SO WORCESTER, IT HURTS…#6 by Steve Siddle
July 7, 2011 § Leave a comment
So Worcester, It Hurts… #6
The Bulger Files
by Steve Siddle
James “Whitey” Bulger was the bogeyman to young hoods in the Tri-City. Like the Keyser Soze of South Boston, Whitey’s name was a ghost story told in the corner booths of all night diners, in smoky social clubs and in shadowy parking lots. Whitey stories came with the warning given or promise made that: “This is between you and me.”
There once was a man I called “the Pope.” He was one of the last real bookmakers. A professional man in the now lost meaning of the phrase. He was trustworthy, wise as a fox, and “in the know.” He was old school in a way that had nothing to do with hip-hop.
I was with the Pope one night at the end of the bar. We were in Worcester, the summer of 1999. It was past last call; the sign was off, the stools were up and the bouncer was sweeping the broken glass. The Pope was always good to me and more than once he gave me advice that was right on the money. He was one of the first guys who really encouraged me to keep writing.
One of the last times I saw him I was walking into Mahoney’s Bar on Park Ave in Worcester, he was walking out. He hit me on the shoulder to stop me in my tracks and he stood there holding his hand up for a minute as if he were trying to recall something important. Then he said, “try to get home with no blood, or piss, or puke on your sneakers.” It was the first time anybody had ever quoted something I had written. It blew my mind to think that the he had taken the time to read one of my stories in Blank Canvas Magazine. Knowing that he would keep reading it made me a tighter writer. I did not want to waste the Pope’s time.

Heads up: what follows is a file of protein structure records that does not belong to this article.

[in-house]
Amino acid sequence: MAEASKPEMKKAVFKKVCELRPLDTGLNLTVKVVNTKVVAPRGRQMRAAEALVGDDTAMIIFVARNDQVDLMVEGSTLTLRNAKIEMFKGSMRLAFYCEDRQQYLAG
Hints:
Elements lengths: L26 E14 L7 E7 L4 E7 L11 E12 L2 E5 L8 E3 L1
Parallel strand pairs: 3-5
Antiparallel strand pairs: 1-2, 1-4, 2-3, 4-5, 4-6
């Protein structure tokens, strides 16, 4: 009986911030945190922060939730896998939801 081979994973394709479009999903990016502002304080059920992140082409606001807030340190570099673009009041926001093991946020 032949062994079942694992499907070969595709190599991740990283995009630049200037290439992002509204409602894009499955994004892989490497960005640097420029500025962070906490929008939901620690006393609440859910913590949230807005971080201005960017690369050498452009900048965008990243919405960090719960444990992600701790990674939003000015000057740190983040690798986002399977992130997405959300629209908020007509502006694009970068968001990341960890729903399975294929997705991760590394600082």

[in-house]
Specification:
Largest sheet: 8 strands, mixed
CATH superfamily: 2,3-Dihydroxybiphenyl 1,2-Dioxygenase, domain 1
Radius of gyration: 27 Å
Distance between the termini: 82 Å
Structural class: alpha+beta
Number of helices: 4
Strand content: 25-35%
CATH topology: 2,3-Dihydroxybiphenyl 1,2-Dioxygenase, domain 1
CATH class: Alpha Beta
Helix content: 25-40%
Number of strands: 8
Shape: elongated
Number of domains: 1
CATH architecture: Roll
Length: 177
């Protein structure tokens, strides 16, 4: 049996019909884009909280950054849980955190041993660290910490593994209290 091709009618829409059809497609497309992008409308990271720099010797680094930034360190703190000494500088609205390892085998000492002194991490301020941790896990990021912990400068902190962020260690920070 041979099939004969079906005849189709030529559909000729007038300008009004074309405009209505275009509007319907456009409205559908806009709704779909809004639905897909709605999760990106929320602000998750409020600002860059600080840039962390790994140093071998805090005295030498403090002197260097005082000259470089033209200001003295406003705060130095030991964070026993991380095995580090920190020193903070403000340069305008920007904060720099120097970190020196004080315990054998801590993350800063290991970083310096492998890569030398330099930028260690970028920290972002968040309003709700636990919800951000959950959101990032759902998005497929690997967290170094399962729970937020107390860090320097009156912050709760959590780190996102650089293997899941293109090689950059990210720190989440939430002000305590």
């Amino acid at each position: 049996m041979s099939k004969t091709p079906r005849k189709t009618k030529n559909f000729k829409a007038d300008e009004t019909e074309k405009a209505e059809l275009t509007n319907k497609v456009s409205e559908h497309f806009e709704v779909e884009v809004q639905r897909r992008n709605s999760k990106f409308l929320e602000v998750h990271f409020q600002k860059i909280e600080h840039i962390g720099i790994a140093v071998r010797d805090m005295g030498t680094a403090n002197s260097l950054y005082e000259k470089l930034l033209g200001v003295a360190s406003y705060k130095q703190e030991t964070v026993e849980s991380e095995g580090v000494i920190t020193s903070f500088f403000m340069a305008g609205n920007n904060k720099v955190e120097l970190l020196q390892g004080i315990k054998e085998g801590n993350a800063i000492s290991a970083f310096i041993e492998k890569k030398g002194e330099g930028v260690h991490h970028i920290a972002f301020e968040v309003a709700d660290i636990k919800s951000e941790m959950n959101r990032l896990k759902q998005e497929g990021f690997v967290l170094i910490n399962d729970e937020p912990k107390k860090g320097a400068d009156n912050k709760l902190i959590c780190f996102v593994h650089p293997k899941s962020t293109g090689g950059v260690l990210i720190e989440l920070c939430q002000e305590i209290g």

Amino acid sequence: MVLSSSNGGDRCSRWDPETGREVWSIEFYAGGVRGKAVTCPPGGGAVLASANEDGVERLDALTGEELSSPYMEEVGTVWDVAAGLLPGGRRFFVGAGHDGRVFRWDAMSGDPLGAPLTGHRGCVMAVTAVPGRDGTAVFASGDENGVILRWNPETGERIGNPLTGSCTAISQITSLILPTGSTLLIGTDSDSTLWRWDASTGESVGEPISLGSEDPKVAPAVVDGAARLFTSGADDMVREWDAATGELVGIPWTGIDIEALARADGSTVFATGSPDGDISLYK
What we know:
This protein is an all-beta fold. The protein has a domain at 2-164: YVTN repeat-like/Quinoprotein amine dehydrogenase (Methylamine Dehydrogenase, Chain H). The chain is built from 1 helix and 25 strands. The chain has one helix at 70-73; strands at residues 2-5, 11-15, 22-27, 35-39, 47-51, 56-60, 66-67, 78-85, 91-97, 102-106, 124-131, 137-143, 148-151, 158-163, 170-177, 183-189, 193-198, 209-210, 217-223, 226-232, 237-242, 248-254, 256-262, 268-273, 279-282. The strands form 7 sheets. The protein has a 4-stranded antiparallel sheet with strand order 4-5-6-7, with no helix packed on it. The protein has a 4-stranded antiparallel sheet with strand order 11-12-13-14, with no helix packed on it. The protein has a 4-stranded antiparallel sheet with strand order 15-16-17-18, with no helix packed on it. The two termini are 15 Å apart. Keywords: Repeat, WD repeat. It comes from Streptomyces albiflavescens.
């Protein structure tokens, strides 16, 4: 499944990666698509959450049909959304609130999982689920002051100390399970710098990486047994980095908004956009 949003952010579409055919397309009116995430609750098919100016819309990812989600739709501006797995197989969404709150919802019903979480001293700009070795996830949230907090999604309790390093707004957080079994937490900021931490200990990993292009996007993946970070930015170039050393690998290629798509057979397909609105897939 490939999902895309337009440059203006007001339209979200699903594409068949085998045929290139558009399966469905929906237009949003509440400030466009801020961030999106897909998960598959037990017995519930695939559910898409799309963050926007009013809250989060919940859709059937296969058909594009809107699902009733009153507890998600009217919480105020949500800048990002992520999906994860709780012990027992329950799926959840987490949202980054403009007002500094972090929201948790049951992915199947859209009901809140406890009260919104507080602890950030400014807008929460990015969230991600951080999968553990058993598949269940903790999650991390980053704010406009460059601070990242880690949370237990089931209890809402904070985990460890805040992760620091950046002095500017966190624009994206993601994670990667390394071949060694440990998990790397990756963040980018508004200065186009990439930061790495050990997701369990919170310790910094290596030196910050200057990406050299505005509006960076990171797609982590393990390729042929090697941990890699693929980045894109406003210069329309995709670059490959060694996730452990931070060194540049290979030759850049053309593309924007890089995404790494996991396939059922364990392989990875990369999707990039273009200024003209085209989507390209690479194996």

I asked him that same night about Whitey Bulger. He looked at me and said as matter of fact-ly as he might have said “a dollar is four quarters”, “that guy is a scumbag.”
I promised to never forget that
It is always tempting when writing about criminals to romanticize their lifestyle. As we learn more and more about Bulger’s legacy and life on the run, we must remind ourselves that this man allegedly threatened, tortured, and murdered women. He poisoned the neighborhood he claimed to protect and was a snitch.
In looking back on the Pope and researching the Bulger case the last few days, I believe that there are some lessons to be learned; lessons about who we are, where we come from and the ways in which we must choose between right and wrong.
Some folks say that Whitey’s arrest closed the book on a dark chapter of the Tri-City’s history. I suppose some have even finally found peace and closure in the knowledge that he is behind bars. But for some of us, Whitey’s arrest has shone a light into the dark, abandoned alleyways of our lives. Reminds us of who we once were, and how easy it would be to backslide.
Whitey remains a monster under the bed. The unseen presence that makes us look over our shoulder and remember, “This is between you and me.”
I never told the Pope why I had asked him that night about Bulger. I never told him what had happened two weeks prior. I never told anyone…
Learn more about STEVE SIDDLE